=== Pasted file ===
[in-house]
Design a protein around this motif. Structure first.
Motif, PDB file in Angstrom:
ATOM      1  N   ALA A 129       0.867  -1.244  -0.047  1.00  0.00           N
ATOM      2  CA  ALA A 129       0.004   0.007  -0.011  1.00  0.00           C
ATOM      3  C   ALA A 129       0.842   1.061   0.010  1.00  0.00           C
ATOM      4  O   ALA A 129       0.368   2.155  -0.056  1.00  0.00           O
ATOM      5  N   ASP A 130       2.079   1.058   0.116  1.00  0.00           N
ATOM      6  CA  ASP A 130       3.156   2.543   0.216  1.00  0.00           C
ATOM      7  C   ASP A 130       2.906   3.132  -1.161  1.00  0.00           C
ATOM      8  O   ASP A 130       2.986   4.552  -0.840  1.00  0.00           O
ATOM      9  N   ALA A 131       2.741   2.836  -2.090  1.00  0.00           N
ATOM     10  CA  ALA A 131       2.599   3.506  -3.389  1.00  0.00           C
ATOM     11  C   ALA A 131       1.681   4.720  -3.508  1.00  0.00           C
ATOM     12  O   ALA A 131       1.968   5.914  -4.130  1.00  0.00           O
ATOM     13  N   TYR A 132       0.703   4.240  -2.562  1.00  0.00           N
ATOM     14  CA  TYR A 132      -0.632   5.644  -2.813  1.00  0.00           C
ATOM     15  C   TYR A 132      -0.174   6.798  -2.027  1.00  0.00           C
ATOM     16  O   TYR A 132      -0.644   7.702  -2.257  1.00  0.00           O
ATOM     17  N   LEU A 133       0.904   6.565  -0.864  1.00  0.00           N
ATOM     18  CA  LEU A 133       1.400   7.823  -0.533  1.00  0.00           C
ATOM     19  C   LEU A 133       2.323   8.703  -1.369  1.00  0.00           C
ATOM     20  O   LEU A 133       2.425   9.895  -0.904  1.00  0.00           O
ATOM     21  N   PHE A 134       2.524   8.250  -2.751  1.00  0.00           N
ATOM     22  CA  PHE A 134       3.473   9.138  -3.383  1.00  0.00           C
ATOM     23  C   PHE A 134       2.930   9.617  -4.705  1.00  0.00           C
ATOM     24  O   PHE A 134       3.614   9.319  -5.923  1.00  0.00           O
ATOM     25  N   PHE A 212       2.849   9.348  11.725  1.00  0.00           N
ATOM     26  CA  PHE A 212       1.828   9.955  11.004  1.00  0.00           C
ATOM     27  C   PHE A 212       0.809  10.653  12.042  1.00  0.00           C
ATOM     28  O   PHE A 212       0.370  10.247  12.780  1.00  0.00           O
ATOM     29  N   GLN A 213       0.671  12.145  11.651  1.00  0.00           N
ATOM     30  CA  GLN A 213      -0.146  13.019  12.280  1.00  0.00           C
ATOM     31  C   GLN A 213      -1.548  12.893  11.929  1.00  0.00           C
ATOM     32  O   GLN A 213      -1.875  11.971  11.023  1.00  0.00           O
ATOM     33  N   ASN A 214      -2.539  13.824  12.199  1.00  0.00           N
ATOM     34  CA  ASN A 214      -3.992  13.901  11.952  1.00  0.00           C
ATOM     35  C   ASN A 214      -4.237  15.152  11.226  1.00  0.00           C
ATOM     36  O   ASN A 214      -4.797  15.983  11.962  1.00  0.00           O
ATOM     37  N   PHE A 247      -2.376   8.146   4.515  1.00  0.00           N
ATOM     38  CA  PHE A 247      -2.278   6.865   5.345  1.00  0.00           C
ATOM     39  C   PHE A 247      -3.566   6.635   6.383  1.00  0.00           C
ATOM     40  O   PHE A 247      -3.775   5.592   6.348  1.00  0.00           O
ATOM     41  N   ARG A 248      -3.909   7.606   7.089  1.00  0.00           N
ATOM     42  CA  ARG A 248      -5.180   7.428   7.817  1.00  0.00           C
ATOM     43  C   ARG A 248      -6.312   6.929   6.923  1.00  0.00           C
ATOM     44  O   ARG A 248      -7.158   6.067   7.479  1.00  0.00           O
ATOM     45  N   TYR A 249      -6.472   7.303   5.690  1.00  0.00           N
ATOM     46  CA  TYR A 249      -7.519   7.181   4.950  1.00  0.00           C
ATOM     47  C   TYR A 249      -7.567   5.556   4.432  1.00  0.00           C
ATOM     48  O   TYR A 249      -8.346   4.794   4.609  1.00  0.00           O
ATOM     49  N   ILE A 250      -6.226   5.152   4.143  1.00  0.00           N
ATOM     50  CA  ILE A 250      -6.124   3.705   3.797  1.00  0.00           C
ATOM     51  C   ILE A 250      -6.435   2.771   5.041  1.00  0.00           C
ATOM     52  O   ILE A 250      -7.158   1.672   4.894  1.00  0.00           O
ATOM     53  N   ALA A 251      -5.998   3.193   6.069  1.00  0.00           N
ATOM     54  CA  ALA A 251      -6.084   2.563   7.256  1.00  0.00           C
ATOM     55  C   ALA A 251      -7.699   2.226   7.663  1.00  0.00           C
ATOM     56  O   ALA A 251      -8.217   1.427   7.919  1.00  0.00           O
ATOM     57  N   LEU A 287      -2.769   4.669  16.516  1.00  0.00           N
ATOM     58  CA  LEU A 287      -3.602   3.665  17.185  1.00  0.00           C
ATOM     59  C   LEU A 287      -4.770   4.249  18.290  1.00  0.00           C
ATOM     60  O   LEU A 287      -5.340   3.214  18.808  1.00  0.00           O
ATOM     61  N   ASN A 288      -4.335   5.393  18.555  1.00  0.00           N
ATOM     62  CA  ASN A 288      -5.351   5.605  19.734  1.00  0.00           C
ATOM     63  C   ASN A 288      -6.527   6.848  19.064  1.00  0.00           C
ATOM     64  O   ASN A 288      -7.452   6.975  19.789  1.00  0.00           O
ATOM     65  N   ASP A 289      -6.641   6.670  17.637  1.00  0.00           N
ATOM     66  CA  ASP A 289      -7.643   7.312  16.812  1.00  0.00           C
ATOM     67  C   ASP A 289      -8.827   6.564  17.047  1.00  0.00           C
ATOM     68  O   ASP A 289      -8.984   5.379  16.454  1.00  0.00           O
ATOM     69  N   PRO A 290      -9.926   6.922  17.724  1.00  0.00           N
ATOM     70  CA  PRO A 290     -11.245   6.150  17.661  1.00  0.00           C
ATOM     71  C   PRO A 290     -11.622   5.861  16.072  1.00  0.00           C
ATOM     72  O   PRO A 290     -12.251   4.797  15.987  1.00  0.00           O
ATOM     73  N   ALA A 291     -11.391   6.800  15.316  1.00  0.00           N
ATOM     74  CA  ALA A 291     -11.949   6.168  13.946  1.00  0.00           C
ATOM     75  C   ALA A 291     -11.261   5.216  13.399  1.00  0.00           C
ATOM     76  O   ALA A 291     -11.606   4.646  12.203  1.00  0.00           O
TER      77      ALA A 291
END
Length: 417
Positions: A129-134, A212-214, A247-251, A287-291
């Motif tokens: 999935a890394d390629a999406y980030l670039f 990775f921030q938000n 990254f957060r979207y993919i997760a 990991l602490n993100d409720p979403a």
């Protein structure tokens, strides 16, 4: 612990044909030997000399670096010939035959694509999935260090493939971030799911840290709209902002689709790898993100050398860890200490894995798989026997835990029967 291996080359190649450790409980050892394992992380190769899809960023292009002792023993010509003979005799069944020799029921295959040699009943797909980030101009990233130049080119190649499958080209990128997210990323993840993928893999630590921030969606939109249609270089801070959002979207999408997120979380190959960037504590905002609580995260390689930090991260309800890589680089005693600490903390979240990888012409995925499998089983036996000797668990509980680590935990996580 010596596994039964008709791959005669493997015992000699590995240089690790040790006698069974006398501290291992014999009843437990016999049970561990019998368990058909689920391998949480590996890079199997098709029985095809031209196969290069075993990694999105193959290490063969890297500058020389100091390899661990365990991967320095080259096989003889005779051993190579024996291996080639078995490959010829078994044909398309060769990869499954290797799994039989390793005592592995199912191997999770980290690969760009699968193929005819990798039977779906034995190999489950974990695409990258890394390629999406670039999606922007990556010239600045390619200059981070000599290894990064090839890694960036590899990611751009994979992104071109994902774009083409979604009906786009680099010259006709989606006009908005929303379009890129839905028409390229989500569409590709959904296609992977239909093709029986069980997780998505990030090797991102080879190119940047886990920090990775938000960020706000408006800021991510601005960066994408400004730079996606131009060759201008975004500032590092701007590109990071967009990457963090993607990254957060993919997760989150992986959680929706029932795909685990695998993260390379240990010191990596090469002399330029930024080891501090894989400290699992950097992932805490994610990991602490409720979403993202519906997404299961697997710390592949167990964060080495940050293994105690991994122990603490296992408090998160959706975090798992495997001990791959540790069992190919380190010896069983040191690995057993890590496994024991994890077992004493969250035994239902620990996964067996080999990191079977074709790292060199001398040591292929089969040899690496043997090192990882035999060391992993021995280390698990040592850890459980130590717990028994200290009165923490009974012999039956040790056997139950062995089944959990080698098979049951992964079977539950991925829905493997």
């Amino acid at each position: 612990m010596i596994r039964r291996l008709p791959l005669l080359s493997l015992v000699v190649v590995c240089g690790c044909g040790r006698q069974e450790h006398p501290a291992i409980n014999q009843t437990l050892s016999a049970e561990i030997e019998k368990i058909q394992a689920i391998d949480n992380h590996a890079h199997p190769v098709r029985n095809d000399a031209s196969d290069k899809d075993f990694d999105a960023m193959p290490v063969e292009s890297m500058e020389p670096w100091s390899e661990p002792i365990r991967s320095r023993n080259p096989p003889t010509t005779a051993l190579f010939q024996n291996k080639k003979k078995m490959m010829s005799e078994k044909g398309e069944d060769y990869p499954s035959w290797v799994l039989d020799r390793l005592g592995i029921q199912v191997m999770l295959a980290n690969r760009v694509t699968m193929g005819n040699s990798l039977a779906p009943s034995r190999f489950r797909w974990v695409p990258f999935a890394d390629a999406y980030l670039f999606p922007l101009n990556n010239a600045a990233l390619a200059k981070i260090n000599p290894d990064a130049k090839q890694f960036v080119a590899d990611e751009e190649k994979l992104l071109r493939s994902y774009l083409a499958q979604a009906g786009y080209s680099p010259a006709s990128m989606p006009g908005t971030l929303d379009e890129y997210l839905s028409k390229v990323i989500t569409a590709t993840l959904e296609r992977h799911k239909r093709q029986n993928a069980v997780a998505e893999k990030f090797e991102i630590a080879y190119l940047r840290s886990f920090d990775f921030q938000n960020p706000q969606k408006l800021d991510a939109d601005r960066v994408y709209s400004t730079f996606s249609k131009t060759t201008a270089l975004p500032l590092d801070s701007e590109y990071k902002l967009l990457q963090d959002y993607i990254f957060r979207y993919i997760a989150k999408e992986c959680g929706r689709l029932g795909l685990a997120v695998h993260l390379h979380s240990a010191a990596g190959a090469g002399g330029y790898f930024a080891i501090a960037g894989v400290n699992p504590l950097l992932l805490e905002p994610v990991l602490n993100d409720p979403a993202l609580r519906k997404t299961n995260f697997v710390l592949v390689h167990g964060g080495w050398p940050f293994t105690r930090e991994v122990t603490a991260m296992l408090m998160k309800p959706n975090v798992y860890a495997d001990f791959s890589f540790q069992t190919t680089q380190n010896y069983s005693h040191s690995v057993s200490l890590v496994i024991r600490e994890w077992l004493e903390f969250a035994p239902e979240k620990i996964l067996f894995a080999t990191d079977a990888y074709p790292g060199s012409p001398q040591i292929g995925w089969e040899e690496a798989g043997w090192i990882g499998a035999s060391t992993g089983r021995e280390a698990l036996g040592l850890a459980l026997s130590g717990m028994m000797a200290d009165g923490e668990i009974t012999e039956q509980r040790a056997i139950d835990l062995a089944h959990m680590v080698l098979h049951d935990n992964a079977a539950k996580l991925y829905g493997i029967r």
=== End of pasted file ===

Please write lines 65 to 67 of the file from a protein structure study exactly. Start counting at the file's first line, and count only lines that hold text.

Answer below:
ATOM     62  CA  ASN A 288      -5.351   5.605  19.734  1.00  0.00           C
ATOM     63  C   ASN A 288      -6.527   6.848  19.064  1.00  0.00           C
ATOM     64  O   ASN A 288      -7.452   6.975  19.789  1.00  0.00           O